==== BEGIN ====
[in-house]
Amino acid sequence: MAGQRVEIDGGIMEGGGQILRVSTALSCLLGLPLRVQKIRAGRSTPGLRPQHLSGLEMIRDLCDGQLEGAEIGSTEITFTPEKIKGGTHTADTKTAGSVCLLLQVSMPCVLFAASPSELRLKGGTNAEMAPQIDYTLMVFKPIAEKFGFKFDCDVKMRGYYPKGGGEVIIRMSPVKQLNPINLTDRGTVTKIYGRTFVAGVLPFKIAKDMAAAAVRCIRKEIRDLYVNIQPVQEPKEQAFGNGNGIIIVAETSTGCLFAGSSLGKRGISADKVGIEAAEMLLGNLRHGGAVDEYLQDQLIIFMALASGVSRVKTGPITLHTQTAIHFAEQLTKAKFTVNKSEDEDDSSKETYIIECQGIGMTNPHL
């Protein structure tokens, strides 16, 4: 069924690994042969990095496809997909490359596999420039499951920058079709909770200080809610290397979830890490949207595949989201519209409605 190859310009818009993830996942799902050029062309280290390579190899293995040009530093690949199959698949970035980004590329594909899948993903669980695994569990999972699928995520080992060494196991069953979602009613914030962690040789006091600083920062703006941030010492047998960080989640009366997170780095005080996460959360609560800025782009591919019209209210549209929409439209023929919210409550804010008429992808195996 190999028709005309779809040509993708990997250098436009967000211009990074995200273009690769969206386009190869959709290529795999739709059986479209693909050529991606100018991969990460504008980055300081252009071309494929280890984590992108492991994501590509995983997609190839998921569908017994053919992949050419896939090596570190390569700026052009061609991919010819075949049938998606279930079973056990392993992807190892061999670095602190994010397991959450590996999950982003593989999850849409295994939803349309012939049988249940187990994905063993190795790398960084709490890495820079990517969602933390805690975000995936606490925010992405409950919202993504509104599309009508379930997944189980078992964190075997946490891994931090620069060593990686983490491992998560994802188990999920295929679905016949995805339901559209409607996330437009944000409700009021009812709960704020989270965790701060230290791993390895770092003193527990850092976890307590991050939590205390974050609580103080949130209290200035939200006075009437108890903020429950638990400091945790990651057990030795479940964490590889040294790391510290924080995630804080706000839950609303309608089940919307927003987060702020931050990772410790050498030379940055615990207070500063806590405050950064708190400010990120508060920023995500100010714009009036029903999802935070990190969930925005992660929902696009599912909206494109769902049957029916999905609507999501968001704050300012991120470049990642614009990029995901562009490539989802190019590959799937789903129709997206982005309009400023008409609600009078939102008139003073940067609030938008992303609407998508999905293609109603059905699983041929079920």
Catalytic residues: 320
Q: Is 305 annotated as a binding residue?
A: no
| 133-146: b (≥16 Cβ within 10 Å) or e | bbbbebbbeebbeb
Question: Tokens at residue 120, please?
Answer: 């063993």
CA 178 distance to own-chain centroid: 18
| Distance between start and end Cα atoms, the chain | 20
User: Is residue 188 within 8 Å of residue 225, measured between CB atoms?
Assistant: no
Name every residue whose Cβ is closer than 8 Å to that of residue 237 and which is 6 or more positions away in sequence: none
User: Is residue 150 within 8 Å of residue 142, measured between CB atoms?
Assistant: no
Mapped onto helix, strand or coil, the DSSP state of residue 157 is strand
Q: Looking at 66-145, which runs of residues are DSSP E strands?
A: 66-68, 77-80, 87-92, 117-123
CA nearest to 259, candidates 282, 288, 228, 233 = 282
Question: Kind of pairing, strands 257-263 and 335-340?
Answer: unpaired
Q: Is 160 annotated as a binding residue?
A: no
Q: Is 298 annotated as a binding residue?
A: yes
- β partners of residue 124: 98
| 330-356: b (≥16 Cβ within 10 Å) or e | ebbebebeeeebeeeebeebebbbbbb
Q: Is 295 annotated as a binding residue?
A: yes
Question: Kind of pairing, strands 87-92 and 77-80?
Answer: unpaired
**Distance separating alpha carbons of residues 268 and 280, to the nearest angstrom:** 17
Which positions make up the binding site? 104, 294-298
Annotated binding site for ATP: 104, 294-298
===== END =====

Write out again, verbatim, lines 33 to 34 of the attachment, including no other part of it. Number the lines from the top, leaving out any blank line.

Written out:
**Distance separating alpha carbons of residues 268 and 280, to the nearest angstrom:** 17
Which positions make up the binding site? 104, 294-298